AG 'needs more time' to decide on whether to indict El Hiblu three, court told

Four years on, Attorney General still undecided whether or not to indict three men on terrorist offences

The merchant vessel El Hiblu 1 berthed in Malta after it was stormed by a special unit of the Armed Forces of Malta
The merchant vessel El Hiblu 1 berthed in Malta after it was stormed by a special unit of the Armed Forces of Malta

The Attorney General is yet to decide on whether or not to indict three men rescued at sea in 2019 by the container ship El Hiblu 1 on charges which include terrorist offences, a court has been told this morning.

If indicted, the men will have to face a criminal trial before the superior courts and the prospect of imprisonment for life. If no indictment is filed, their case will be decided by a magistrate.

The three young men – Abdalla, Kader and Amara – known as the El Hiblu three, hailing from Ivory Coast and Guinea, stand accused of hijacking the ship that had rescued them, by allegedly coercing the captain into not transporting them -and the rest of the 108 people his crew had plucked from the sea - back to Libya, where they feared persecution and torture.

The Maltese authorities accused the three youths of being the ringleaders of what had initially been described as a piracy incident, charging them with a series of serious offences, some under counter-terrorism legislation.

The three youths deny any wrongdoing and are pleading not guilty.

During their initial arraignment the prosecuting police inspector had confirmed that no physical violence had been employed by the men in the incident, but he said that there had been a “clear threat” of it.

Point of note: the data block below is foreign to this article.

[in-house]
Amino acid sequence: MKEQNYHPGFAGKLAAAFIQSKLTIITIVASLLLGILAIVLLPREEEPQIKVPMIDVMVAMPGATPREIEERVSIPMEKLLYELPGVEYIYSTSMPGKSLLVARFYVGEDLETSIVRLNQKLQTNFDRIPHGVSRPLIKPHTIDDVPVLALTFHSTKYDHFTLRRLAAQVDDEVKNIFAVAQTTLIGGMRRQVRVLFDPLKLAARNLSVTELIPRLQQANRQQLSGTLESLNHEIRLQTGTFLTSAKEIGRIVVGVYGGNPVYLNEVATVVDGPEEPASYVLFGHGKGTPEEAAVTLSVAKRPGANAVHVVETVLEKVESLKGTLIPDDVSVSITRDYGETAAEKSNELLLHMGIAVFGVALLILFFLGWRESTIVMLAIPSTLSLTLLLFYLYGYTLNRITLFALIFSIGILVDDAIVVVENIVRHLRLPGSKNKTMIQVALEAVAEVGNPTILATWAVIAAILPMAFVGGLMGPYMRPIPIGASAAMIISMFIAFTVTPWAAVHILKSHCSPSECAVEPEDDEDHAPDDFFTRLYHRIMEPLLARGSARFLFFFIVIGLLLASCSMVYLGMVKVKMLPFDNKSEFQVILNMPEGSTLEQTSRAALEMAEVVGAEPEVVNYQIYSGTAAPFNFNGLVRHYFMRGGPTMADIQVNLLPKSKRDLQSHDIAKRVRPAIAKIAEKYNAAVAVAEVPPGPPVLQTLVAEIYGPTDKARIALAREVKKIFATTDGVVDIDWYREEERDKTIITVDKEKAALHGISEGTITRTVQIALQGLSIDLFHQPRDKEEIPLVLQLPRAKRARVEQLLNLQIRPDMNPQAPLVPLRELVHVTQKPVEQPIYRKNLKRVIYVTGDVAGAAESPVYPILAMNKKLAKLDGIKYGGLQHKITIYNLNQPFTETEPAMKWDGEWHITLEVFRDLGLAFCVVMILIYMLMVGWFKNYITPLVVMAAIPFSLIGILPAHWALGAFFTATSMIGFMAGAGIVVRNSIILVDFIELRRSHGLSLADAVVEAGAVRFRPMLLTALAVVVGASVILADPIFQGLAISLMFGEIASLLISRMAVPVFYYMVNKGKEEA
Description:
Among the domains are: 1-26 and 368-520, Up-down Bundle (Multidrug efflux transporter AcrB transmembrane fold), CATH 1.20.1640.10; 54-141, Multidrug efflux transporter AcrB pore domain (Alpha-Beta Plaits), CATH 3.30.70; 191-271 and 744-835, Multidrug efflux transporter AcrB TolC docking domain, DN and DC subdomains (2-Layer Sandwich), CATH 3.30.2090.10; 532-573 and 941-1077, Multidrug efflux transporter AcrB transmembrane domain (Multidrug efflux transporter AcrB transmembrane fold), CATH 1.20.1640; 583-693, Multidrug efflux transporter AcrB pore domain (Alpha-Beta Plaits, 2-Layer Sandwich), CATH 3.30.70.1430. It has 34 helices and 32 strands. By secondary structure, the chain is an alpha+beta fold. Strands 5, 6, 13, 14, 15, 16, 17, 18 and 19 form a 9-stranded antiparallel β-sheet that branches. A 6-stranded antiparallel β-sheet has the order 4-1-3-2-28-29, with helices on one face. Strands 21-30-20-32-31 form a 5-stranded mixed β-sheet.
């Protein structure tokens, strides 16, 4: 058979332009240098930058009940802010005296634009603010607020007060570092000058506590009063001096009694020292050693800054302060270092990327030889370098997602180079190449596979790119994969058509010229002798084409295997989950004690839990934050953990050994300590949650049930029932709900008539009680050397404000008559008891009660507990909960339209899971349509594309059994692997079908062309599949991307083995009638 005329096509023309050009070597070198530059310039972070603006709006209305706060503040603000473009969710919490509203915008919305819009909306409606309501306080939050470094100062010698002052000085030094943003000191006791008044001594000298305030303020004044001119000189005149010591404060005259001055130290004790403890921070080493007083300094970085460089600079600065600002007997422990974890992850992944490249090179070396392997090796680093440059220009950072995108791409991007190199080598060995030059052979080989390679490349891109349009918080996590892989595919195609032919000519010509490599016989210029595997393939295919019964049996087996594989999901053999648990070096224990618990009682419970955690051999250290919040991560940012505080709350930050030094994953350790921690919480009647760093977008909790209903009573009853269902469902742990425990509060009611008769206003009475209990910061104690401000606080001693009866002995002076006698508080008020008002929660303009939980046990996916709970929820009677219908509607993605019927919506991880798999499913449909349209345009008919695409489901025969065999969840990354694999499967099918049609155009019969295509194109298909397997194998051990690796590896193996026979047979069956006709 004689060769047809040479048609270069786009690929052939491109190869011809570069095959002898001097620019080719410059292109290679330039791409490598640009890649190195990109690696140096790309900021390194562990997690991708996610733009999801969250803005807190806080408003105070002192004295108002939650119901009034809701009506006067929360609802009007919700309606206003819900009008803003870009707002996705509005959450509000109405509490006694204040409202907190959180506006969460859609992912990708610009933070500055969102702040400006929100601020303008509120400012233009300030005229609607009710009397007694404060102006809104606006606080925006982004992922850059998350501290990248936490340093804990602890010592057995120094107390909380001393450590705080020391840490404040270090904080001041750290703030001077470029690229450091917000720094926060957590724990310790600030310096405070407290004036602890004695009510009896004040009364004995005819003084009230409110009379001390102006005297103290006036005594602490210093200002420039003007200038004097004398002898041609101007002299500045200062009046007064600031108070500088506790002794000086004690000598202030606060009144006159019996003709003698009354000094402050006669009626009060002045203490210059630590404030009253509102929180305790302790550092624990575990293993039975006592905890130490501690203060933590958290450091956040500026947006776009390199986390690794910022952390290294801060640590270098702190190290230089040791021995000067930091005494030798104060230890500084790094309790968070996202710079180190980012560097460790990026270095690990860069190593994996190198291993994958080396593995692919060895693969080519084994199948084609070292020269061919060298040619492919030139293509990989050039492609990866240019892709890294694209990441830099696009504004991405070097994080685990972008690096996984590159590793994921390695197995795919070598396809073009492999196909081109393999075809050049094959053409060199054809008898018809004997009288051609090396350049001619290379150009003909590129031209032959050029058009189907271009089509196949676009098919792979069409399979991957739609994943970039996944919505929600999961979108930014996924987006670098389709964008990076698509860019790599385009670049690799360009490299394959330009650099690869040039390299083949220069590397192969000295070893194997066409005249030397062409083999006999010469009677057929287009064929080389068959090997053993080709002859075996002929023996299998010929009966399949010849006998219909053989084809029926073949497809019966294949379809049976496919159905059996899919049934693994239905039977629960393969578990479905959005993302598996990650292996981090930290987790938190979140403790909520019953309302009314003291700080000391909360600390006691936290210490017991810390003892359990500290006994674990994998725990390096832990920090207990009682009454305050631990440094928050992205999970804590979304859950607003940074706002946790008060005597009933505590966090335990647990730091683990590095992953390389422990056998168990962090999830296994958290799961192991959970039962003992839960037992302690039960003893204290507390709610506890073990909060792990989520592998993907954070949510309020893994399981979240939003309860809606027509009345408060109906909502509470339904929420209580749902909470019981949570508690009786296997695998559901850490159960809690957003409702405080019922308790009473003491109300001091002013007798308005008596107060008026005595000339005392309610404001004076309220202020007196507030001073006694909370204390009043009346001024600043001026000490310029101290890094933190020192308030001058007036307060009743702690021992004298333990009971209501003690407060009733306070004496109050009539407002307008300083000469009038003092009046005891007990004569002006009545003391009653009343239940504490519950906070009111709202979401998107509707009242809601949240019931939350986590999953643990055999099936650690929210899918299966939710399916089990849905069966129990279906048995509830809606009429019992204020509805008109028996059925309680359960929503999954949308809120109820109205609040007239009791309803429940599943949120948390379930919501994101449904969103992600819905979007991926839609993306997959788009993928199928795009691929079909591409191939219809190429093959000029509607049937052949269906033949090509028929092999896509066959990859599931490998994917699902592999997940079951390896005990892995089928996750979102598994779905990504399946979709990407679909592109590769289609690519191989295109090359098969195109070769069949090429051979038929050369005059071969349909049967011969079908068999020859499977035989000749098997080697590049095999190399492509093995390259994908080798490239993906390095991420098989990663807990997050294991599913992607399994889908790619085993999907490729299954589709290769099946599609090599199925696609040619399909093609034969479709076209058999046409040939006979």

The inspector had testified that one English-speaking migrant, acting as a spokesperson for the rescued group had told the captain that the migrants would “hurt themselves or damage the ship with tools they had seized.” Around 20-25 people had then started banging tools on the ship, he said.

But as the case progressed over the years, the court has heard a large number of the rescued migrants contradict the version of events that had initially been given to the court by the captain of the ship in April 2019.

The captain had claimed that the crew had locked themselves in the bridge as the migrants had acted aggressively. Transcripts of the captain radioing for assistance, telling the Maltese authorities that the vessel was “under piracy” and claiming that some crew members had been injured had been read out in court. The captain was also the only witness to mention injuries in the four years of witness testimony, however.

International human rights bodies, Amnesty International and Sea Watch amongst them, have repeatedly called upon the Maltese authorities to drop the charges, but so far the authorities have resisted doing so.

In the face of what at this stage can, in good conscience, only be described as overwhelming evidence that the piracy claim was an exaggeration, the Attorney General inexplicably continues to dither on whether or not to indict the young men.

When the compilation of evidence continued this morning before magistrate Nadine Lia, the magistrate observed that the Office of the Attorney General had filed a note yesterday, asking for more time to decide whether to file a bill of indictment. The court therefore sent the acts of the case back to the Attorney General, with the case now being expected to continue in June.

Inspectors Omar Zammit and Jeffrey Cutajar are prosecuting on behalf of the Commissioner of Police.

Lawyers Neil Falzon, Cedric Mifsud and Gianluca Cappitta are assisting the accused.